oppn parties Rosogolla War: Give GI to Both Pahala & Bengal

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Rosogolla War: Give GI to Both Pahala & Bengal

By Sunil Garodia
First publised on 2015-09-25 11:32:54

About the Author

Sunil Garodia Editor-in-Chief of indiacommentary.com. Current Affairs analyst and political commentator. Writes for a number of publications.
A big fight is boiling in the rosogolla kadhais of West Bengal and Odisha. At stake is the title of inventor of the sweet dessert famous all over India and abroad and the consequent GI status for it. Odisha is staking claim to be the inventor of Pahala rosogolla, named after a village on the outskirts of its capital Bhubhaneshwar. This kind of rosogolla is different from the ones made in West Bengal, which are a spongier version.

The government of Odisha is relying on myth and literature in support of its claim. Several food historians have also cited Puri temple logs to say that rosogollas were offered to Goddess Lakhshmi at the Puri temple much before Nabin Chnadra Das (of the famous K C Das and Sons) claimed to have invented the current version.Other historians are of the view that temples did not permit any spoiled or curdled (chhena is obtained by curdling the milk) sweet to be offered to the Gods. Pritha Sen in particular tends to think that the recipe might have been carried and introduced in Bengal by Odia cooks who were employed in large numbers in Bengali homes during that period.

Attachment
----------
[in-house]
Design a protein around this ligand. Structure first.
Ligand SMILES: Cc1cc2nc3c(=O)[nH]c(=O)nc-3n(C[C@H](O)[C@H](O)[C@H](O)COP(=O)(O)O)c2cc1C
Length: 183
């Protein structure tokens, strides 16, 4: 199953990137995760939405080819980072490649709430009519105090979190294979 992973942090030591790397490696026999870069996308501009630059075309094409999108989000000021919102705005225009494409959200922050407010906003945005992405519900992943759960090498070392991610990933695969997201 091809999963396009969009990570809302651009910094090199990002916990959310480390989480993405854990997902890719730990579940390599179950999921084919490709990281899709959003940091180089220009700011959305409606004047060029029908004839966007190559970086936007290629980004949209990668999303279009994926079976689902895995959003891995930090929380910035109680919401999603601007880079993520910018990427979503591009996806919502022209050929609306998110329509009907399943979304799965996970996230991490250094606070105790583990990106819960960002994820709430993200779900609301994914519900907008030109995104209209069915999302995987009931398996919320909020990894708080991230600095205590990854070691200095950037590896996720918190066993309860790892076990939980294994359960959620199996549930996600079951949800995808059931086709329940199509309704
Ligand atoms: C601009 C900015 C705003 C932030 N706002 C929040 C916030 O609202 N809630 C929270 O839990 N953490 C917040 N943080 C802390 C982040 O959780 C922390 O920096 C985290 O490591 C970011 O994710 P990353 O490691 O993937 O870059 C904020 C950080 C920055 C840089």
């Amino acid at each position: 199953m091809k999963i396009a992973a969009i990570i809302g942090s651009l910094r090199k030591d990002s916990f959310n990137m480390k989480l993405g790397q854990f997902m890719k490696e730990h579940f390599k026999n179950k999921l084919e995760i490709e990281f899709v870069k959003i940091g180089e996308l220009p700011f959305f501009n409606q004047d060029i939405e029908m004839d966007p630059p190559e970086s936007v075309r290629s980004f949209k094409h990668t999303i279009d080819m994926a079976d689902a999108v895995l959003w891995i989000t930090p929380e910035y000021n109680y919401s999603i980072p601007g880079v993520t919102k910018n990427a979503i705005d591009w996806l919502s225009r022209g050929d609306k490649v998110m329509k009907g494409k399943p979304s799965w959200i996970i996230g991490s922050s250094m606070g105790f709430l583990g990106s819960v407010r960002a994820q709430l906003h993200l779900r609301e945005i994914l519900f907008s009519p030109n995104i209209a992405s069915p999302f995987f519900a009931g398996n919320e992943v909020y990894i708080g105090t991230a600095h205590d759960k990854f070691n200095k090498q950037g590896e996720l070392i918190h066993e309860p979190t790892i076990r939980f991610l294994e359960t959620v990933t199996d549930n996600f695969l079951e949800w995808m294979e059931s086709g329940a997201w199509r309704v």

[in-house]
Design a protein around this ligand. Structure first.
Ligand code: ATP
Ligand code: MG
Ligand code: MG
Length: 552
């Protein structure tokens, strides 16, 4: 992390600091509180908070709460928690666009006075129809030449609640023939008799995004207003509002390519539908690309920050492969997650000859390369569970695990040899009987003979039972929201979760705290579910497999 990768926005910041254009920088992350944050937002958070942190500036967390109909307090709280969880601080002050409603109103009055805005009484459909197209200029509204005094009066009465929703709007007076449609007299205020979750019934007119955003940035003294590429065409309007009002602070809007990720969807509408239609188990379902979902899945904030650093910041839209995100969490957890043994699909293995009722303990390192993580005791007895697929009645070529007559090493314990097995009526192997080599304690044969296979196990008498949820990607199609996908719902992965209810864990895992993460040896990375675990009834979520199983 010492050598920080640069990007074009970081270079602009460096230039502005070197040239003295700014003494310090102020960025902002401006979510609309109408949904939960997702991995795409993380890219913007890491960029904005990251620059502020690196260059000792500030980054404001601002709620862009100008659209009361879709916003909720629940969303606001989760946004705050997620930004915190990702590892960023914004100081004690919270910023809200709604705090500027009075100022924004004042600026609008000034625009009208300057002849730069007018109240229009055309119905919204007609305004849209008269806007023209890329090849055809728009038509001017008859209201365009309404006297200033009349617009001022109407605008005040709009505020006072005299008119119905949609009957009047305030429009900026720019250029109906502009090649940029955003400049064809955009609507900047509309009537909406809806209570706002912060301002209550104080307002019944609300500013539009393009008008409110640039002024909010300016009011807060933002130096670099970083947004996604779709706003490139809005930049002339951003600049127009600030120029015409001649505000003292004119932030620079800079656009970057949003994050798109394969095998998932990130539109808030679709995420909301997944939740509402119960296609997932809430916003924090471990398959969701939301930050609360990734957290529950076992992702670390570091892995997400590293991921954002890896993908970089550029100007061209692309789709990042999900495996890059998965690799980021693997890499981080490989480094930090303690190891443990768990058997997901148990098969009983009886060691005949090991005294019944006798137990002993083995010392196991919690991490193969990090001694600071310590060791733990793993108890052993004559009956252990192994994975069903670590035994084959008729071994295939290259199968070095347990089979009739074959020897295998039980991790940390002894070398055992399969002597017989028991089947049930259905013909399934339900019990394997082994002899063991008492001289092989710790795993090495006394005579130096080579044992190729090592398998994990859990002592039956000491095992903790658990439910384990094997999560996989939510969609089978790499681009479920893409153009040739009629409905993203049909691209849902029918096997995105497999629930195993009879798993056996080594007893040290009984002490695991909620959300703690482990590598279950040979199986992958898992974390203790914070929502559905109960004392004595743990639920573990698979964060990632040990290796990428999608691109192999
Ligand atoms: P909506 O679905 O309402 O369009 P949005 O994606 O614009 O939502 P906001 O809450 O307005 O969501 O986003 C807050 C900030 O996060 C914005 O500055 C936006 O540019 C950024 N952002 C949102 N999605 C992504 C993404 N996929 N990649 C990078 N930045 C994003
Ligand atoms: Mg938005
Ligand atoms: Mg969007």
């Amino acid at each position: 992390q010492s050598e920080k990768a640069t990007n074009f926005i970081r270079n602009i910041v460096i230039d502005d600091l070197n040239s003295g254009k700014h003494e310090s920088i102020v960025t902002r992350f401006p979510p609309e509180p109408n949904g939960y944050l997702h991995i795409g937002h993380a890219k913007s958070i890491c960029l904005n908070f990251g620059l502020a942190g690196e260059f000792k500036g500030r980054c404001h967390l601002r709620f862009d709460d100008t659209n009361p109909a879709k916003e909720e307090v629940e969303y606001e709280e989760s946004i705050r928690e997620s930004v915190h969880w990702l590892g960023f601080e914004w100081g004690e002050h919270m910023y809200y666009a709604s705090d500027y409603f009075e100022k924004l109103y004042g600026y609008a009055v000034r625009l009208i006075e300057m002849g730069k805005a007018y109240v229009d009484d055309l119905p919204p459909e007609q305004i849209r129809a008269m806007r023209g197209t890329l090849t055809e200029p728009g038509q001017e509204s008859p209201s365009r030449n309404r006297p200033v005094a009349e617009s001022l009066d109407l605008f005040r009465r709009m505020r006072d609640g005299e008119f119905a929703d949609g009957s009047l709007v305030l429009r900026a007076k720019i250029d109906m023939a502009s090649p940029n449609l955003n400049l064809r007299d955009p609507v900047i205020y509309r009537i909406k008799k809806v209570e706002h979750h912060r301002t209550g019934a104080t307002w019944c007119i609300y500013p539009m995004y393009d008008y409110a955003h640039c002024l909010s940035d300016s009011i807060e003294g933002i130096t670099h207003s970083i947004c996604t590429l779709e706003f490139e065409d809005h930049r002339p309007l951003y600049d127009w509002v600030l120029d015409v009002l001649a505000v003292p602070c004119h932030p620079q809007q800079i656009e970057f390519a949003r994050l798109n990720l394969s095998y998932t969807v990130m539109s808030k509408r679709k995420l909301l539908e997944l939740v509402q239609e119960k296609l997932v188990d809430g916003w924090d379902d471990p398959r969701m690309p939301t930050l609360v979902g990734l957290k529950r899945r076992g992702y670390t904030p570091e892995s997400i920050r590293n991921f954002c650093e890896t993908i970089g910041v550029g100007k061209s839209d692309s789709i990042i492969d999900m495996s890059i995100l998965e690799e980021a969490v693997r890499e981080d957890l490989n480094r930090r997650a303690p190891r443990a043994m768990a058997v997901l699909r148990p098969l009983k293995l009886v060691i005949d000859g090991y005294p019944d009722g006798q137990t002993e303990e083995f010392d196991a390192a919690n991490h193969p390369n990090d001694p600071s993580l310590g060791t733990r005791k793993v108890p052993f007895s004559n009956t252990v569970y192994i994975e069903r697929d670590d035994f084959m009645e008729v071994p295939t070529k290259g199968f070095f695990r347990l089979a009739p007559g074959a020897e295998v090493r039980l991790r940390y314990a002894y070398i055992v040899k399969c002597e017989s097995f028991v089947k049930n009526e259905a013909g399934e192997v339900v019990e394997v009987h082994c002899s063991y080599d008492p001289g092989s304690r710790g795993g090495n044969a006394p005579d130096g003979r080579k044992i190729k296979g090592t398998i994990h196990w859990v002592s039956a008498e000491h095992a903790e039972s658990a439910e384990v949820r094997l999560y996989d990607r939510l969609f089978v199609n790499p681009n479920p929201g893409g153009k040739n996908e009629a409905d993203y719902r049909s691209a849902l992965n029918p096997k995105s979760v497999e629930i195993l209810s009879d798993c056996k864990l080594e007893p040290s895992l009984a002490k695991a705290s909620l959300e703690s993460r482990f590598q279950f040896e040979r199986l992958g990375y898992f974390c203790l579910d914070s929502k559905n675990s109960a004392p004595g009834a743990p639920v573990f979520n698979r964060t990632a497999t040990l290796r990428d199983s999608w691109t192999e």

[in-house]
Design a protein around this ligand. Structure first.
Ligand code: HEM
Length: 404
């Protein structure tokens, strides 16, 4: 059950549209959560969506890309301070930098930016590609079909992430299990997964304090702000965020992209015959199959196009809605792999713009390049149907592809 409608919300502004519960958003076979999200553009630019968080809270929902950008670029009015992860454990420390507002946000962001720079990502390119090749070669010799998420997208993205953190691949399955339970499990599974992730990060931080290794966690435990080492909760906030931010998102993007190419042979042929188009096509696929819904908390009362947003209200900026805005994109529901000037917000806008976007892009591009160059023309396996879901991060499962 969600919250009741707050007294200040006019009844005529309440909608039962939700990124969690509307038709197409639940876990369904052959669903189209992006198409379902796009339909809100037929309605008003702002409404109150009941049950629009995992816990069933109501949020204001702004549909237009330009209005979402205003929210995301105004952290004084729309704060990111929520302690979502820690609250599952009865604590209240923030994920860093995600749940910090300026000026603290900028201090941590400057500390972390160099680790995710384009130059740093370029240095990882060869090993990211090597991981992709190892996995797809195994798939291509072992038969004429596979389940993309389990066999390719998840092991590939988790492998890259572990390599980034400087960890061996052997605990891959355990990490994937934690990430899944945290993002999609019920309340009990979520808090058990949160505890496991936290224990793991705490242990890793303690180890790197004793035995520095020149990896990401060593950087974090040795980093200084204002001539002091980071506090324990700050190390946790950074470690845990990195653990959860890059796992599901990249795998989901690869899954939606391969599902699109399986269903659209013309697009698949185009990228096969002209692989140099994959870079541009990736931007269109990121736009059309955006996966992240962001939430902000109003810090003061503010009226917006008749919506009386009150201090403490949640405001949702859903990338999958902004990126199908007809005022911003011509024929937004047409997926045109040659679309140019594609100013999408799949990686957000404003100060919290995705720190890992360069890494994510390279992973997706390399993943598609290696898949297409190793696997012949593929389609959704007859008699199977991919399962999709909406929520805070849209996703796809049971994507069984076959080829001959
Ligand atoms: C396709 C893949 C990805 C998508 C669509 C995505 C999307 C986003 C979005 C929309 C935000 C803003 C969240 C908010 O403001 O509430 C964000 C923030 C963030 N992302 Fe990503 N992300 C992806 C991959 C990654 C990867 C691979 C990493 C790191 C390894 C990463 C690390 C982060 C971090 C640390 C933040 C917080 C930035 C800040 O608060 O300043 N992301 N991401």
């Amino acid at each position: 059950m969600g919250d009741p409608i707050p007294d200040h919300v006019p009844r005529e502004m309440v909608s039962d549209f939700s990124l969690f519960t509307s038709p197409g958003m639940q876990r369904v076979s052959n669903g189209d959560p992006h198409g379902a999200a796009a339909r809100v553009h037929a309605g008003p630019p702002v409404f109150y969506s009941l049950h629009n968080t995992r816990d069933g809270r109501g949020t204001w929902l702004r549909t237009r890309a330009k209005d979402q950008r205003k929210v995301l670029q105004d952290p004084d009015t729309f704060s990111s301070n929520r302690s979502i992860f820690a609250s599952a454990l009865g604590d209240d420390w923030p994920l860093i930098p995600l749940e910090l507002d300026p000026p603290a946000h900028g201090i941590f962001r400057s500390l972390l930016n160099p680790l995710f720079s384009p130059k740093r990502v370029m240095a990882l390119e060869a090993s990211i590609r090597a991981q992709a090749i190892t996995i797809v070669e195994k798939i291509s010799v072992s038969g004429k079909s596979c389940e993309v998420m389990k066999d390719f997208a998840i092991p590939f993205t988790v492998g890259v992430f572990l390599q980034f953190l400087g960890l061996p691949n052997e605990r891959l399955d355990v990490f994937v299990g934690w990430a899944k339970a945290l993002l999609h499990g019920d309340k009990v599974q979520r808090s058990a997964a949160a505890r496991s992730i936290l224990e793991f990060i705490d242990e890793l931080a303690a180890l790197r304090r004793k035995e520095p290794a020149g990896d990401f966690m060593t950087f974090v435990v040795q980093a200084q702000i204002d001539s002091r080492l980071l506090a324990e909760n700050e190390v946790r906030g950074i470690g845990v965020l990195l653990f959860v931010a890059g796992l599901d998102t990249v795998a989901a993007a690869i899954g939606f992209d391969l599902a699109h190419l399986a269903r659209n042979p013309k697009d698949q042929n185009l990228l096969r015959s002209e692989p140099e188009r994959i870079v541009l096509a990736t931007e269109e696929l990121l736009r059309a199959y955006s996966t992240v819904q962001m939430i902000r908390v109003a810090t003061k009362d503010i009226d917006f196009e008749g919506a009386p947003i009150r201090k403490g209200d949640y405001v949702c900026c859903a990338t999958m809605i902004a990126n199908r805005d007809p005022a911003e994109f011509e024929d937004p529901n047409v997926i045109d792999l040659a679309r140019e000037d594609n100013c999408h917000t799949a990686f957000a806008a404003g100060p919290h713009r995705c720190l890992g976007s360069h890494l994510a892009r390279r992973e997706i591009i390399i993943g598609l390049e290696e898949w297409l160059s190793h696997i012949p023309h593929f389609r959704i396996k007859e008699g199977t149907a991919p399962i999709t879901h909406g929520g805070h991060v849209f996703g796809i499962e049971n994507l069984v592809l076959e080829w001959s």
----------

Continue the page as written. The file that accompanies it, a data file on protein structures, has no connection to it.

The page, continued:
A GI status, often denoted by a sign or words, would identify rosogollas as having originated in Odisha, much to the chagrin of Bengalis, who think that the sweet was invented in their state. It has come to certify that the product possesses certain qualities, is produced by traditional methods and enjoys a reputation due to its geographical origin. Further, the TRIPS agreement specifies that no country will protect a product for its GI if that product is not so protected in its country of origin. India is a signatory to the TRIPS agreement.

But in this fight, an important fact is being overlooked. GI is given as per geographical location. Hence, there is GI for Darjeeling Tea as well as for Assam Tea. So also there can be one GI for Pahala rosogolla and another GI for Bengal rosogolla. After all, both have certain distinctive qualities that make them different â€" in taste as well as in appearance. Certify them as per their origin and let the consumer decide which one is better and which one he wants to buy.